at age seven we press our palms together and pray in this house, see, how bibi does? we cook bright red tandoori chicken for dinner, eat with our brown hands. scratch the corduroy couch as night falls until our fingers feel like they vibrate. this house is not my home, but i know how to lock the door in the dark, leave the key in the mailbox, and never wave goodbye. at age fourteen to hide the shakes i grip the fuming cigarillo hard enough to crush its damp, delicate paper, smearing grape taste on my skin. stomach acid dries my tongue, my chest burns. her cuticles bleed even in the cold weather, skin lifted up like it’s afraid and defensive. she brushes her brown hand against my brown hand as i pass auntie’s stolen smoke back to her. i wipe the wetness off on my coat, tell her i’m good for now. at age twenty-one i stir tea like my father, bite my brown knuckles like him too. my joints are swollen already, they don’t know how to rest, don’t know how to braid hair, don’t know if arthritis is in the genes that made these bones and flesh. on my own, i still struggle to open jars, the hard strain felt in my neck. i don’t get the grip, slipping fingers searching for purchase, grappling with my inability to keep hold and hold tight.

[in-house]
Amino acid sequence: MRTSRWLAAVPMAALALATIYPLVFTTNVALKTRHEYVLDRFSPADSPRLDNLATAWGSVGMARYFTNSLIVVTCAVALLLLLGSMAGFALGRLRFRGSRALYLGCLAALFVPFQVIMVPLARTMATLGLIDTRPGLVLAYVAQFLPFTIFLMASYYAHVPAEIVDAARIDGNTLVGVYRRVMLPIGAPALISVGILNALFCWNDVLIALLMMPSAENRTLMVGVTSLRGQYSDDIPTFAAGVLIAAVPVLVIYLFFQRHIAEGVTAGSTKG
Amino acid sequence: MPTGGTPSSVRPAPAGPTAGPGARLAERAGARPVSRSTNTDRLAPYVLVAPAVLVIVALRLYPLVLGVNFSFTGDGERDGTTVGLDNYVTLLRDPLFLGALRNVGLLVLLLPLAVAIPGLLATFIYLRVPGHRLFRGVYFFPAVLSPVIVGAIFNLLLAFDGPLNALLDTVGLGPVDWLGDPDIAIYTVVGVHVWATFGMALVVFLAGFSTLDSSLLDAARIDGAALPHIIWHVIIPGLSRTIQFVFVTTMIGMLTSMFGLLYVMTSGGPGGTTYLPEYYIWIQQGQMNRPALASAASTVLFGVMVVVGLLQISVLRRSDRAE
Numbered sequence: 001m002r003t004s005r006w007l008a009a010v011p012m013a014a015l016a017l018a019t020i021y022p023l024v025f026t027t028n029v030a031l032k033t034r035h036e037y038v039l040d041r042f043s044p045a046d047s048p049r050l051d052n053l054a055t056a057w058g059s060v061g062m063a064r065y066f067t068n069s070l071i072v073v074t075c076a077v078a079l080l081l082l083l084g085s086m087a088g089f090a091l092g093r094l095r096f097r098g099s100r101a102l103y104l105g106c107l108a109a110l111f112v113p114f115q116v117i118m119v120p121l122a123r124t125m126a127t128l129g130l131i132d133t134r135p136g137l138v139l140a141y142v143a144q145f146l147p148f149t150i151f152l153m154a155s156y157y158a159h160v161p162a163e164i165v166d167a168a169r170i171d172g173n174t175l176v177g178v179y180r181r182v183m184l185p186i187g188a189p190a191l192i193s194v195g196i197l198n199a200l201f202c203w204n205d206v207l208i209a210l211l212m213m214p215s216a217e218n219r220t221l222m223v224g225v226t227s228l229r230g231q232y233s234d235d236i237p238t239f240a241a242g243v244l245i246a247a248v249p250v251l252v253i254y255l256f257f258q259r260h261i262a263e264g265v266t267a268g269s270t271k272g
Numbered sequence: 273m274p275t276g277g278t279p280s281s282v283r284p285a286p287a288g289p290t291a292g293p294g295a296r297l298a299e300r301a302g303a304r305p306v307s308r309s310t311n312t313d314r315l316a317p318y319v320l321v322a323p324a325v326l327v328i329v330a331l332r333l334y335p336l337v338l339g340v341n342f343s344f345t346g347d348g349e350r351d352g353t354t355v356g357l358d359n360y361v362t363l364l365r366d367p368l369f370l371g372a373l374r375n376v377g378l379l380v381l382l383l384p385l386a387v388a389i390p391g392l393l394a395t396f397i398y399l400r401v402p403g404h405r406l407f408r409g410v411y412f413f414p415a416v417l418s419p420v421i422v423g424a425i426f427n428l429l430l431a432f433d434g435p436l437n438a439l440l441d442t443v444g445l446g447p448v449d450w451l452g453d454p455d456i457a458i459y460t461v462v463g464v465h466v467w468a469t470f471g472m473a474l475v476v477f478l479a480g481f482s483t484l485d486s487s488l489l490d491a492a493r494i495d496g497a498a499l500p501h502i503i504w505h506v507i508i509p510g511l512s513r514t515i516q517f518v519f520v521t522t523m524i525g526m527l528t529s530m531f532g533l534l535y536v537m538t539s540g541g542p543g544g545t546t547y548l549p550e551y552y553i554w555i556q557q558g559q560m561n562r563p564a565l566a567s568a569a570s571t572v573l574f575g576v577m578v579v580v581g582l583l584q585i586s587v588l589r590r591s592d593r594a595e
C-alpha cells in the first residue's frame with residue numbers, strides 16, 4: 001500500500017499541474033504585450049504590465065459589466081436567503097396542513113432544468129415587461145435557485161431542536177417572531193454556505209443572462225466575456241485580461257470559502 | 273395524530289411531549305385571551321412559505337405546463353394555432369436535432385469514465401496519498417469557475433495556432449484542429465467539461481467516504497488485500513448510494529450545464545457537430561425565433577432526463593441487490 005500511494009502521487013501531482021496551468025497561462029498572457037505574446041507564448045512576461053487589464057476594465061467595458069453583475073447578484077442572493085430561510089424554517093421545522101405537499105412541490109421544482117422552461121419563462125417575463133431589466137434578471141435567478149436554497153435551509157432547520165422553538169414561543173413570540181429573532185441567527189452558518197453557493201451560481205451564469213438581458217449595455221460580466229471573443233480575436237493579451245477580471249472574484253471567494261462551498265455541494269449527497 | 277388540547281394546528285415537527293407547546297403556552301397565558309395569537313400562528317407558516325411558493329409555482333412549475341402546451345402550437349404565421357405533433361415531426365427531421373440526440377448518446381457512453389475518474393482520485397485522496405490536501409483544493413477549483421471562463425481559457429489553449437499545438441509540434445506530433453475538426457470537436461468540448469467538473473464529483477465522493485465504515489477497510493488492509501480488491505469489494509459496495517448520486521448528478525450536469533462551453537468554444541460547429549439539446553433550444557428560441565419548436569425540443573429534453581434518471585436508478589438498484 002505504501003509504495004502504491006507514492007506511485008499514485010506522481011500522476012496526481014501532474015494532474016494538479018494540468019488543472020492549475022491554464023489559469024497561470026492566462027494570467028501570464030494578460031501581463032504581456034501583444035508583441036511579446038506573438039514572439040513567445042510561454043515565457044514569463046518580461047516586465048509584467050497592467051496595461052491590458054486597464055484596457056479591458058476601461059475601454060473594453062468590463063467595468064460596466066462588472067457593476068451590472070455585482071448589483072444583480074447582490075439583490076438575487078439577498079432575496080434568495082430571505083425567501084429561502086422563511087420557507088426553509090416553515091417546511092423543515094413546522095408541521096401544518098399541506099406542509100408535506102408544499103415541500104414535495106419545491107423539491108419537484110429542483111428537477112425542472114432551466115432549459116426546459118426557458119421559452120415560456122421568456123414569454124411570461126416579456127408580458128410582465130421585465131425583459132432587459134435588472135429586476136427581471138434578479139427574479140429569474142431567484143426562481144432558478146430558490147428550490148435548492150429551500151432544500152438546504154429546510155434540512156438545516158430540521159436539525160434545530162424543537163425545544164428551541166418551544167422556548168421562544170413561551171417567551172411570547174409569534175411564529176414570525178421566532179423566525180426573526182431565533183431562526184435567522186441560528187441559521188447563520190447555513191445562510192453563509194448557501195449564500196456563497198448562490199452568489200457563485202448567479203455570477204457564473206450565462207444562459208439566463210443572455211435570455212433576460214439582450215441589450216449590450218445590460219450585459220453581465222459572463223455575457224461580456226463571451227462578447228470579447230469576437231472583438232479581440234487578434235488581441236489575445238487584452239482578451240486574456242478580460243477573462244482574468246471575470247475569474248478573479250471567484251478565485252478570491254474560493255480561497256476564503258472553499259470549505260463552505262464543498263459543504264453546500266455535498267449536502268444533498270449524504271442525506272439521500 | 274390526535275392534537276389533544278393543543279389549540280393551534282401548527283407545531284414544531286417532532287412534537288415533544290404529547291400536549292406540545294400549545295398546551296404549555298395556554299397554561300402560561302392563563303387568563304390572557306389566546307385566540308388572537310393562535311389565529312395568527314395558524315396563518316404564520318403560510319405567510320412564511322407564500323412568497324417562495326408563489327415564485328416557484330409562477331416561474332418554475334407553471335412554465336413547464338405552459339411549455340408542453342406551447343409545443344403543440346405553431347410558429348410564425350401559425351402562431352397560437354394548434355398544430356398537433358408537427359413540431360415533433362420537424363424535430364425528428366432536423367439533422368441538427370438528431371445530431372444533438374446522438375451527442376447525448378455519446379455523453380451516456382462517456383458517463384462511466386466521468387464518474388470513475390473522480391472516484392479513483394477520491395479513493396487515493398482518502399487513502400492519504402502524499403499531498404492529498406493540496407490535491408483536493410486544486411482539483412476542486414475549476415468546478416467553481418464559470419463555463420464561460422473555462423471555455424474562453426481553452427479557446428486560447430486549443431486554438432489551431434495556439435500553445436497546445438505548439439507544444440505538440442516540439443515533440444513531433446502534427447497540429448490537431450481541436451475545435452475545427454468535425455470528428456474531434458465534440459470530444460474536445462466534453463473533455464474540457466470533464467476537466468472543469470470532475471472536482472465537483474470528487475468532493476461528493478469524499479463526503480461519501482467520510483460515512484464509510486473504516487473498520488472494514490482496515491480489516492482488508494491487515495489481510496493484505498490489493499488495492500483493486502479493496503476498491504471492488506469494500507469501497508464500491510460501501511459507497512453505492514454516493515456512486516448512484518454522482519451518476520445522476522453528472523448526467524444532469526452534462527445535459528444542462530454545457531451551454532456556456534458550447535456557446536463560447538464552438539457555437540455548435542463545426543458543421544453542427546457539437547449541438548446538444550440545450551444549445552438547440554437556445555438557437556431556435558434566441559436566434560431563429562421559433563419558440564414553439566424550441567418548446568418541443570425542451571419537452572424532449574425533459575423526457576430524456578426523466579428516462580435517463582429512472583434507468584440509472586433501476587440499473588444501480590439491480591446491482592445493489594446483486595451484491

Roshni Riar is an emerging writer and Creative Writing BFA student at UBC Vancouver. Working primarily in poetry, she explores the relationships between culture, language, trauma, and identity as a Panjabi woman. Her poetry has appeared in Room Magazine and CV2. Twitter: @arekayare.